The lost art of breathing right


Unless we have asthma or a lung infection, breathing is something we take for granted. But according to Dr Sundeep Salvi, a pulmonologist in Pune, “breathing nourishes our body with oxygen that generates 90% of the body’s energy; only 10% comes from the food we eat and the water we drink.” The main problem, he says, is that we forget our natural way of breathing as we age, and breathe shallowly.

The right way to breathe

The main muscle involved in inspiration (air intake) is the diaphragm that sits between the chest and abdomen. “We must breathe with the diaphragm, not the chest,” says Dr Salvi, who as the founder-director of the Pulmocare Research and Education Foundation (PURE), often sees patients who say they’re breathing deeply as they push out their chest. Instead, he says, as we take in a breath, the diaphragm contracts, pushing the abdomen outwards. Ideally, the tummy should protrude a little when we take in a breath, and go down when we exhale – much like a balloon.

Practically speaking

The Cleveland Clinic, on its website, suggests a way of being more conscious diaphragmatic breathing. The idea is to strengthen the diaphragm (it’s a muscle remember). Lie on your back, knees bent, a pillow under the head and knees. Place one hand on the upper part of the chest and another just below the rib cage. Breathe in through your nose, and feel your stomach rise. Drop the muscles of your stomach inward, and feel the breath move out of the body. The chest shouldn’t rise or fall. Practice for 5-10 minutes, three or four times a day. In time, you can also do this sitting up.

Learning from life

  • Yameer Adhar, author of Voices in my Head, had asthma practically all his life and was on steroidal medication for about 30 years. He says he is now no longer on any meds and credits the Win Hof method of breathing for this. He recommends these books to get a deeper understanding of different techniques.
  • The Wim Hof Method: Activate Your Full Human Potential, Transcend Your Limits by Wim Hof
  • The Oxygen Advantage: The Simple, Scientifically Proven Breathing Techniques for a Healthier, Slimmer, Faster, and Fitter You by Patrick McKeown
  • Breath: The New Science of a Lost by James Nestor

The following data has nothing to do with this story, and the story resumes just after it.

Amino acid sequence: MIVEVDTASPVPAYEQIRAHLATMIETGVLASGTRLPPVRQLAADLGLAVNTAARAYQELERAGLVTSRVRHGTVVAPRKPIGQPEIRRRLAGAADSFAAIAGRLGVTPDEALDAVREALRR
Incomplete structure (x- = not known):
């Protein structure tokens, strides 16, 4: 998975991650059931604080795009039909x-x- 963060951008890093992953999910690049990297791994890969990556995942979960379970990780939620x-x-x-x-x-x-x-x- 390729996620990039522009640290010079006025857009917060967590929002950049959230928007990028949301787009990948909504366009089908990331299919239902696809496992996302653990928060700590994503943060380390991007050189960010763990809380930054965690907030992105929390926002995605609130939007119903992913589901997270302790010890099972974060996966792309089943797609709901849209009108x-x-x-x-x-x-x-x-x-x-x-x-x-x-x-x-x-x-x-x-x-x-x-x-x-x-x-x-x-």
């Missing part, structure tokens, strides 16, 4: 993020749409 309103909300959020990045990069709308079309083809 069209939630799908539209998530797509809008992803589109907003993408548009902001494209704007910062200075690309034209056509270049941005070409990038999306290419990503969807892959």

Aiding breathing

Air pollution – both indoor and outdoor — is a genuine problem in our cities today, killing more than 7 million per year worldwide according to the World Health Organization. So we need to reduce exposure through wearing masks; enhance the body’s defence mechanism with hydration (dry airways are more susceptible to infections) and intake of antioxidants through fruit and veg; and exercise to keep the lungs fit, says Dr Salvi. Walking — or any kind of activity that raises the heart rate — helps improve lung power. There’s also a deep relationship between people and trees, so surrounding yourself with healthy trees also helps.

If you have a respiratory condition

Breathing techniques fall into inspiratory or those that focus on increasing lung volume, and expiratory, or those that focus on expiration to clear secretions, according to a review of 25 types of breathing techniques. Inspiratory exercises are useful in restrictive lung disorders such as obesity hyperventilation syndrome. Expiratory exercises are useful in obstructive lung disorders (COPD, asthma, bronchiolitis).

Subin Solomen, a scientific assistant in the Department of Physical Medicine and Rehabilitation, Government Medical College, Kottayam, who led the narrative review, says for those susceptible to COVID-19, inspiratory exercises, such as diaphragmatic and deep breathing (taking in air through the nose and blowing out of the mouth), as well as alternate nostril (anulom-vilom) are important. If you have asthma or COPD and are experiencing difficulty climbing up stairs, he suggests pursed lip breathing, where you purse your lips (imagine you’ve got a pencil in your mouth) and focus on breathing out.

In this column, we introduce you to or remind you of basic wellness hacks

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